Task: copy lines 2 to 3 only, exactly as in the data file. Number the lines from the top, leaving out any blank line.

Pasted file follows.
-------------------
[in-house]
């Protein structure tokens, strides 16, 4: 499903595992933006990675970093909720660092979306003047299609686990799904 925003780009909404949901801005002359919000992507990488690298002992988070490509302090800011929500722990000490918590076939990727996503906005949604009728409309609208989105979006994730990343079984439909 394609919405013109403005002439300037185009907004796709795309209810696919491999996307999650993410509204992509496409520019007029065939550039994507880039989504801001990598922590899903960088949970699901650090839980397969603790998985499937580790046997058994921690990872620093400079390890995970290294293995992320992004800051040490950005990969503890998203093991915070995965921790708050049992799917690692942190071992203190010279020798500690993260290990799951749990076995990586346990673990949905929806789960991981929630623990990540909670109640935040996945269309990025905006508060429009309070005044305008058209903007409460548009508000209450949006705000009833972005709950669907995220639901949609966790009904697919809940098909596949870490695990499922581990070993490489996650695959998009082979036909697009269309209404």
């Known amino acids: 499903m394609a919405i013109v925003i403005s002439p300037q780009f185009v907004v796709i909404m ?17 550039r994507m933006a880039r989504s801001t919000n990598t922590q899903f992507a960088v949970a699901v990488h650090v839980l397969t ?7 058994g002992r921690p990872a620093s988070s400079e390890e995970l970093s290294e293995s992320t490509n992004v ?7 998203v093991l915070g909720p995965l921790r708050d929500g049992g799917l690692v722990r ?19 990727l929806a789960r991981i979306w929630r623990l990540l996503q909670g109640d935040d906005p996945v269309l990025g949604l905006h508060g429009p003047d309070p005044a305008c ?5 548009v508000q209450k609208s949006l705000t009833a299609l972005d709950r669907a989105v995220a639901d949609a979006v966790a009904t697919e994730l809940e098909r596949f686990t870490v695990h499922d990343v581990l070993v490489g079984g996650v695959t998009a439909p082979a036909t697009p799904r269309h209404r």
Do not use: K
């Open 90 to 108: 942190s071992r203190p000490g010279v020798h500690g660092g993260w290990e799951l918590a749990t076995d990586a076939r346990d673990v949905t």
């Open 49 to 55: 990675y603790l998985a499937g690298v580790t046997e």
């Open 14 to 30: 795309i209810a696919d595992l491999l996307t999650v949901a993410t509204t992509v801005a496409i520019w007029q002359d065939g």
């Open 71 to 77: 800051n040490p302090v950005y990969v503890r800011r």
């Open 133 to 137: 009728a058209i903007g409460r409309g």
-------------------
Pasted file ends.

């Protein structure tokens, strides 16, 4: 499903595992933006990675970093909720660092979306003047299609686990799904 925003780009909404949901801005002359919000992507990488690298002992988070490509302090800011929500722990000490918590076939990727996503906005949604009728409309609208989105979006994730990343079984439909 394609919405013109403005002439300037185009907004796709795309209810696919491999996307999650993410509204992509496409520019007029065939550039994507880039989504801001990598922590899903960088949970699901650090839980397969603790998985499937580790046997058994921690990872620093400079390890995970290294293995992320992004800051040490950005990969503890998203093991915070995965921790708050049992799917690692942190071992203190010279020798500690993260290990799951749990076995990586346990673990949905929806789960991981929630623990990540909670109640935040996945269309990025905006508060429009309070005044305008058209903007409460548009508000209450949006705000009833972005709950669907995220639901949609966790009904697919809940098909596949870490695990499922581990070993490489996650695959998009082979036909697009269309209404």
């Known amino acids: 499903m394609a919405i013109v925003i403005s002439p300037q780009f185009v907004v796709i909404m ?17 550039r994507m933006a880039r989504s801001t919000n990598t922590q899903f992507a960088v949970a699901v990488h650090v839980l397969t ?7 058994g002992r921690p990872a620093s988070s400079e390890e995970l970093s290294e293995s992320t490509n992004v ?7 998203v093991l915070g909720p995965l921790r708050d929500g049992g799917l690692v722990r ?19 990727l929806a789960r991981i979306w929630r623990l990540l996503q909670g109640d935040d906005p996945v269309l990025g949604l905006h508060g429009p003047d309070p005044a305008c ?5 548009v508000q209450k609208s949006l705000t009833a299609l972005d709950r669907a989105v995220a639901d949609a979006v966790a009904t697919e994730l809940e098909r596949f686990t870490v695990h499922d990343v581990l070993v490489g079984g996650v695959t998009a439909p082979a036909t697009p799904r269309h209404r």